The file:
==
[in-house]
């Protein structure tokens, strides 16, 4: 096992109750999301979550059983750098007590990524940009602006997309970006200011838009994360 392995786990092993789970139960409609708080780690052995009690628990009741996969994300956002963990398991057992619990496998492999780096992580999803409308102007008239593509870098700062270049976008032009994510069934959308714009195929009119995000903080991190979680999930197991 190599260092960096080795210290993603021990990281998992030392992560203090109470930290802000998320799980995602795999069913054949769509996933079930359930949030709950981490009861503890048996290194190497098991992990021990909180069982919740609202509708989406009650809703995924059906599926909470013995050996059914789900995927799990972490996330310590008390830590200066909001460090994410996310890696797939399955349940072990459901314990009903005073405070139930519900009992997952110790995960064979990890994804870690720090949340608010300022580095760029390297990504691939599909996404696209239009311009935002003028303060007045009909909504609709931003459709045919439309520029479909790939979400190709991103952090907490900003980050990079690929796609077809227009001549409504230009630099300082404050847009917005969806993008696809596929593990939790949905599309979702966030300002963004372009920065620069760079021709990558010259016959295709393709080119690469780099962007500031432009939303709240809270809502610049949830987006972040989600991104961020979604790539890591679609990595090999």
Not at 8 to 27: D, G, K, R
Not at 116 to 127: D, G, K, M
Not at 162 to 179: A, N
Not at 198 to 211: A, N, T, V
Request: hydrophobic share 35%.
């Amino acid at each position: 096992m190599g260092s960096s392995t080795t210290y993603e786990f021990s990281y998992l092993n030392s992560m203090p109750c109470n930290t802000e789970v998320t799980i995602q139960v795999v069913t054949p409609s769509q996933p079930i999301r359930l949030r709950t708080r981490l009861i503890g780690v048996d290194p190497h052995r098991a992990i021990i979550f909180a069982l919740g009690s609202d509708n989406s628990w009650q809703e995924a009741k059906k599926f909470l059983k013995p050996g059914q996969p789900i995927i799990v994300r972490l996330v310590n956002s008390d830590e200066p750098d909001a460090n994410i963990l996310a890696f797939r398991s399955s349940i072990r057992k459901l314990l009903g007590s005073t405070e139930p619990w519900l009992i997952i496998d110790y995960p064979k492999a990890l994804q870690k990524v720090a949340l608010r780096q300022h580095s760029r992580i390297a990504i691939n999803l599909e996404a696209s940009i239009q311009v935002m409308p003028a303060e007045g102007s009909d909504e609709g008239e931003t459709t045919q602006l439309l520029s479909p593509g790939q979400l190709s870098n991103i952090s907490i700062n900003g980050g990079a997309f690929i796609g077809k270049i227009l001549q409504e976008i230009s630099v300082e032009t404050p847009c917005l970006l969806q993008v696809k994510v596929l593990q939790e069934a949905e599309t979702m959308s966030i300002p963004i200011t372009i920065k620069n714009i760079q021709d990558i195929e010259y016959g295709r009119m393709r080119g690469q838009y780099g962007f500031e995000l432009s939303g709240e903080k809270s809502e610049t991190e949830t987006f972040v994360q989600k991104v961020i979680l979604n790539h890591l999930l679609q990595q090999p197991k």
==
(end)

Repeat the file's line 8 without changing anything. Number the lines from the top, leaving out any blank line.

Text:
């Amino acid at each position: 096992m190599g260092s960096s392995t080795t210290y993603e786990f021990s990281y998992l092993n030392s992560m203090p109750c109470n930290t802000e789970v998320t799980i995602q139960v795999v069913t054949p409609s769509q996933p079930i999301r359930l949030r709950t708080r981490l009861i503890g780690v048996d290194p190497h052995r098991a992990i021990i979550f909180a069982l919740g009690s609202d509708n989406s628990w009650q809703e995924a009741k059906k599926f909470l059983k013995p050996g059914q996969p789900i995927i799990v994300r972490l996330v310590n956002s008390d830590e200066p750098d909001a460090n994410i963990l996310a890696f797939r398991s399955s349940i072990r057992k459901l314990l009903g007590s005073t405070e139930p619990w519900l009992i997952i496998d110790y995960p064979k492999a990890l994804q870690k990524v720090a949340l608010r780096q300022h580095s760029r992580i390297a990504i691939n999803l599909e996404a696209s940009i239009q311009v935002m409308p003028a303060e007045g102007s009909d909504e609709g008239e931003t459709t045919q602006l439309l520029s479909p593509g790939q979400l190709s870098n991103i952090s907490i700062n900003g980050g990079a997309f690929i796609g077809k270049i227009l001549q409504e976008i230009s630099v300082e032009t404050p847009c917005l970006l969806q993008v696809k994510v596929l593990q939790e069934a949905e599309t979702m959308s966030i300002p963004i200011t372009i920065k620069n714009i760079q021709d990558i195929e010259y016959g295709r009119m393709r080119g690469q838009y780099g962007f500031e995000l432009s939303g709240e903080k809270s809502e610049t991190e949830t987006f972040v994360q989600k991104v961020i979680l979604n790539h890591l999930l679609q990595q090999p197991k």